Key & Compass presents:
Porter Cave Adventure
by Cam Miller

Porter Cave Adventure is a Z-machine interactive fiction game written with Inform 6 and is © 2019 by Cam Miller. It was a participant in Spring Thing 2019's Main Festival division where it won Audience Choice ribbons for Best History Lesson and Most Educational.

In this short game, you play as someone taking a walking tour of the Porter Cave. As you progress, you will discover quotes about game theory concepts. Presumably, the quotes are meant to educate the player, but unfortunately, the concepts are not explored deeply beyond these dry presentations and the gameplay is not particularly engaging.

This solution is by David Welbourn, and is based on Release 1 of the game.


Map 1: The caves

Maze OutsideCave(start) OutsideCave(end) d xyzzy u n/d d u d Hill MouthRoom SculptureRoom SecretRoom RoundRoom WritingRoom SpiralStaircase PennyArcade MazeExit MazeEntrance

Map 2: The maze

u u d MazeExit MazeEntrance Maze(M4) Maze(M3) Maze(M2) Maze(M1)



> x sign. ("Porter Cave - Caution! Unstable spacetime. Tread lightly.")

> open mailbox. take leaflet. read it. (+5; Juul 351)

> take lamp. x it. d.

Darkness / ROUND ROOM

> turn on lamp.

> x mirror. x note. (+5; McCloud 30-31)

> e.


> x typewriter. (dust covered; note with BASIC code)

I confess: I had to look at the author's walkthrough for this one.

> type 10. (+5; Monfort, et. 49)

> n.


> x sculptures. (+5; Kirschenbaum 282)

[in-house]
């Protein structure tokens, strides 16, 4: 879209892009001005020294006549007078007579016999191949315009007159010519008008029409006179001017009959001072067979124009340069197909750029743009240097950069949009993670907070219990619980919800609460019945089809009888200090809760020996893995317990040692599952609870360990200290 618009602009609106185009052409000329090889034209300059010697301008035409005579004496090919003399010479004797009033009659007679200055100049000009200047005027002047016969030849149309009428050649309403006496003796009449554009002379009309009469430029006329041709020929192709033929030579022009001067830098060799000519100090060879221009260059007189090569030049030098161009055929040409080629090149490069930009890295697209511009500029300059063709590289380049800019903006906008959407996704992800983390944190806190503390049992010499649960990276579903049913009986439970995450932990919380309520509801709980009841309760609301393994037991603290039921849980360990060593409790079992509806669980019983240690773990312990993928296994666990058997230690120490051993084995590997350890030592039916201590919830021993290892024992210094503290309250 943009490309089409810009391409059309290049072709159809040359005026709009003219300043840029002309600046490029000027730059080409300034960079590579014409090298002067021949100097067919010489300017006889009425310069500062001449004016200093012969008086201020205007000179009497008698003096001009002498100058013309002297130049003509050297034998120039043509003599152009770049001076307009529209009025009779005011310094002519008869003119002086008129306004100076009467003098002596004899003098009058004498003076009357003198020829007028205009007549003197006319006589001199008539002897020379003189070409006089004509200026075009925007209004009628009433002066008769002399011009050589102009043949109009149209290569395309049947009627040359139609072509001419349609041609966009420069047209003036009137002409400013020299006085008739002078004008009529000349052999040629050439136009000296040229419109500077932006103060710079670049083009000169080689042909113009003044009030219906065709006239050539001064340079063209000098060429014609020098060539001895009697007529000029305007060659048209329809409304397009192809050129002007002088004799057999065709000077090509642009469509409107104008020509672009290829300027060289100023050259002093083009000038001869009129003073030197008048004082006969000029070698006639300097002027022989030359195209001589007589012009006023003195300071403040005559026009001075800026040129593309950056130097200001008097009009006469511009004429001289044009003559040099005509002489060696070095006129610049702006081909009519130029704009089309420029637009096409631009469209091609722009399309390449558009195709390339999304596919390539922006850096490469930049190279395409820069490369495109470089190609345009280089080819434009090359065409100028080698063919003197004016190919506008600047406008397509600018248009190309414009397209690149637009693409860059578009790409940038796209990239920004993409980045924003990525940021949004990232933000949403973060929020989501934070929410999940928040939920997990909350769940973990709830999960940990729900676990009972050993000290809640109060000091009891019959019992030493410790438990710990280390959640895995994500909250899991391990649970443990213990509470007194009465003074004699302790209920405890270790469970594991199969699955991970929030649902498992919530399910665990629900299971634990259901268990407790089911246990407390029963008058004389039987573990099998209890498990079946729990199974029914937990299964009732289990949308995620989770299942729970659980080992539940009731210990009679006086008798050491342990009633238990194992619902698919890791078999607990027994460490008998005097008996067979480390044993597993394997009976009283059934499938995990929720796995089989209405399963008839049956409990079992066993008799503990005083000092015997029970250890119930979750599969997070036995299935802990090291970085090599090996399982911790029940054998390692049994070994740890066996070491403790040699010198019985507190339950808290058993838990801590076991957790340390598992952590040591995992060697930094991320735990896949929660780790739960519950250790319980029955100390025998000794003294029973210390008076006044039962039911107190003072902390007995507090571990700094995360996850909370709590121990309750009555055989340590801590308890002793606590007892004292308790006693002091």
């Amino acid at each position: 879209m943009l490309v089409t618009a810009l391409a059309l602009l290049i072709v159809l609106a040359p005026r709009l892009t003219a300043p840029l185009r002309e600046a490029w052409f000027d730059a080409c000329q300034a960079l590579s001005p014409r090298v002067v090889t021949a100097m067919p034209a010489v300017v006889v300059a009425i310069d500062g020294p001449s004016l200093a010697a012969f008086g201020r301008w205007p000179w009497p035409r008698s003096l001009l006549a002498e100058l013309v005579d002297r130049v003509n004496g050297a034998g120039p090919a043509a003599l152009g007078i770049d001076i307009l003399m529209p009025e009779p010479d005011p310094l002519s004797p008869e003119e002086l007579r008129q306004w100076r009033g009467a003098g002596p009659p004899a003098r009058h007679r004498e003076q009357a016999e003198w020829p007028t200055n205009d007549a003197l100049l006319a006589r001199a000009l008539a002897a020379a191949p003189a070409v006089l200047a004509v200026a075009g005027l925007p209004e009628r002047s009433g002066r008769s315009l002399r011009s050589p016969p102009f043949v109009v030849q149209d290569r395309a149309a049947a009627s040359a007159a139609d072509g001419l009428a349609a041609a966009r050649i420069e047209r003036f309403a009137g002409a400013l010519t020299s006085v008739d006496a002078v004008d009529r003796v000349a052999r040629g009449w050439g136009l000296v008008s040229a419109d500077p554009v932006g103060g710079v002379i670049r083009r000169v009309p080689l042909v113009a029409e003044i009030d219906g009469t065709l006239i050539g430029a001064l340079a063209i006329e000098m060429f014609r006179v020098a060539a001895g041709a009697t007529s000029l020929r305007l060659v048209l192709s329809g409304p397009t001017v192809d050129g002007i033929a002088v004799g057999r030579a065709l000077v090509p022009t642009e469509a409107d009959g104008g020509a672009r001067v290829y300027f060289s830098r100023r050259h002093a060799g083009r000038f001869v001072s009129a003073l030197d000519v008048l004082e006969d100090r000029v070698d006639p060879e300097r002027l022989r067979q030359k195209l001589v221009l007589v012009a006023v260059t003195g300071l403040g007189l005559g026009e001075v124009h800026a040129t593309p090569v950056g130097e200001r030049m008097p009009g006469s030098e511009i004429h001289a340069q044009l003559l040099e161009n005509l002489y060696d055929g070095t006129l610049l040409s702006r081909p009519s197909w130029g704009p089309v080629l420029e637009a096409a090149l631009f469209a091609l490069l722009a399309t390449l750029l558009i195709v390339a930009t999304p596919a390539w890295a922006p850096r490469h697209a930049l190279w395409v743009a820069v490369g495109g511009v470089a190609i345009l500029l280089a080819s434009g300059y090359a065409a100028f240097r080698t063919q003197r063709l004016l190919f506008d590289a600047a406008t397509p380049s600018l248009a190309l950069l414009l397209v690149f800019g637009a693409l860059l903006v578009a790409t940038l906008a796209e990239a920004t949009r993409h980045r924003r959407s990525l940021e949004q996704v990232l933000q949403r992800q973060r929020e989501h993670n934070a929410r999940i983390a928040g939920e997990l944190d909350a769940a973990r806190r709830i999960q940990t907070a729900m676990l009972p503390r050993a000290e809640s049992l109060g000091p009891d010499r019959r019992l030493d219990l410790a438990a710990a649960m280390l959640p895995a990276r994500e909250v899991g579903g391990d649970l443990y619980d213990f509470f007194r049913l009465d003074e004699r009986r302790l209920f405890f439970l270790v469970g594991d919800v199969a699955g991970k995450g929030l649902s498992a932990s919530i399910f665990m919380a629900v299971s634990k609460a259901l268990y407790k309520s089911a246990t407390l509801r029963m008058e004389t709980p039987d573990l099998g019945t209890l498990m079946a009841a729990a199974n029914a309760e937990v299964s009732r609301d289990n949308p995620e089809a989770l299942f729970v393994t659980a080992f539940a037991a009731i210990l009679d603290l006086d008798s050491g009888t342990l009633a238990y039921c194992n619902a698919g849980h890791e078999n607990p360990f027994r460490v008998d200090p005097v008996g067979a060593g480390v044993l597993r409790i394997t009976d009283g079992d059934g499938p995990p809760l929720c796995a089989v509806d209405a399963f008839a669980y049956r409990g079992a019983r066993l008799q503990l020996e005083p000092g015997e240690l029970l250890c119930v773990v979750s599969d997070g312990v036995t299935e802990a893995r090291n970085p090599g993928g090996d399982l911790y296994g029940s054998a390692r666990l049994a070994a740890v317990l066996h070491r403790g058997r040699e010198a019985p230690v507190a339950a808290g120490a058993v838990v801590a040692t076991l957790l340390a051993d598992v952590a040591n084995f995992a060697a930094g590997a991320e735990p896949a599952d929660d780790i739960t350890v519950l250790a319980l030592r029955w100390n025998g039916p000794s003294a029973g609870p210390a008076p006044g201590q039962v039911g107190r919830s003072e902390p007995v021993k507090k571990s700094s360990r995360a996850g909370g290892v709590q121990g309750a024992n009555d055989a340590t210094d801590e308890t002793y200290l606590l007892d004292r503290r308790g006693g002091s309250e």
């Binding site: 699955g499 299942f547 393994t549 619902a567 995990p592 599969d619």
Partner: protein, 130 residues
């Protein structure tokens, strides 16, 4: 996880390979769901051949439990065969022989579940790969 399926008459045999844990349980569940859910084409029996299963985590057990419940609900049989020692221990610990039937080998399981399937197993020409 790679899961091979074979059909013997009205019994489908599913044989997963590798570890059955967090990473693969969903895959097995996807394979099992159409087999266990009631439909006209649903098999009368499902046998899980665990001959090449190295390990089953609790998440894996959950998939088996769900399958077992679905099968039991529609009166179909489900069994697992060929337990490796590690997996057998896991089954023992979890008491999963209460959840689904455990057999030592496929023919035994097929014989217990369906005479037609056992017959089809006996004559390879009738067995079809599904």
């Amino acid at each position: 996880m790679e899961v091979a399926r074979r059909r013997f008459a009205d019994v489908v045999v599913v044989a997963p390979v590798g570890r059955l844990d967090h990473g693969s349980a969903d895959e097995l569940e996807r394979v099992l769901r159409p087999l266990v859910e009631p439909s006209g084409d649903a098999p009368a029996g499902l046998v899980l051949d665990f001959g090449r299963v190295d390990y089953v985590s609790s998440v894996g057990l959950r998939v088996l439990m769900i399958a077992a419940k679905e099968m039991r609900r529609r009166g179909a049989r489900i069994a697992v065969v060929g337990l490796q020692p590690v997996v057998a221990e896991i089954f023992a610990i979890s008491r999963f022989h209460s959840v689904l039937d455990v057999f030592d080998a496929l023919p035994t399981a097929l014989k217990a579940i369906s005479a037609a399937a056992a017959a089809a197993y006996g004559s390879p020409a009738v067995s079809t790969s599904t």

> n.


Nothing to even examine in this room.

> u. (or north)

O X X X O O 1 2 3 4 5 6 7 8 9


> x computer.

The game doesn't use proportional font, so it's hard to see that the ASCII art is showing a tic-tac-toe game in progress.

I really have no idea how on earth you're supposed to guess this, but implementing the telephone as an examinable object with an emphasis on dial-able buttons would have been a step in the right direction. Silly me, I kept trying to talk or speak or say things to the telephone.

> dial 4ordial 5ordial 8. (You play an X and computer plays an O and wins, then resets)

You cannot win the tic-tac-toe game, but you have to at least try before leaving.

> d. (+5; Badham)


There's now an unlit stick of dynamite here.

> take tnt. x it. s. w.


> throw tnt at crawlspace. (+5)

> look. w.


> xyzzy. (+5; Myers 395-396; you are now at...)


Step in and right back out again:

> n. s.

A guidebook appears.

> take guidebook. read it.

> n. e. n. d. w. (+5; Newman 409)


> n.


> x sign. (+5; Huhtamo 23)

> x machines.

> x bag. take it. open it. x penny.

What you see in the machines is randomized.

> put penny in machines. g. g. g. g. g.

> n.


> d. d. d. (You can't reach the bottom.)

> u. (+5; Sicart 300. You're at...)


This is not the entrance where you started, although it looks very much like it.

> x mailbox. open it.

> take questionnaire. read it.

The game wants to know what sort of play did you experience? You have a choice:

Thank you for playing Porter Cave Adventure!
A full Works Cited and project reflection is available at:

*** You have won ***






You have so far scored your-score out of a possible 55, in several turns.

Works Cited

From the external file

Works Cited

(Personally, I rather think this information should have been included within the game itself via some command like CREDITS, ENDNOTES, or BIBLIOGRAPHY. There's too much chance that the game will exist for a hundred years on IF Archive but the PDF will only be around for three years on the author's website.)

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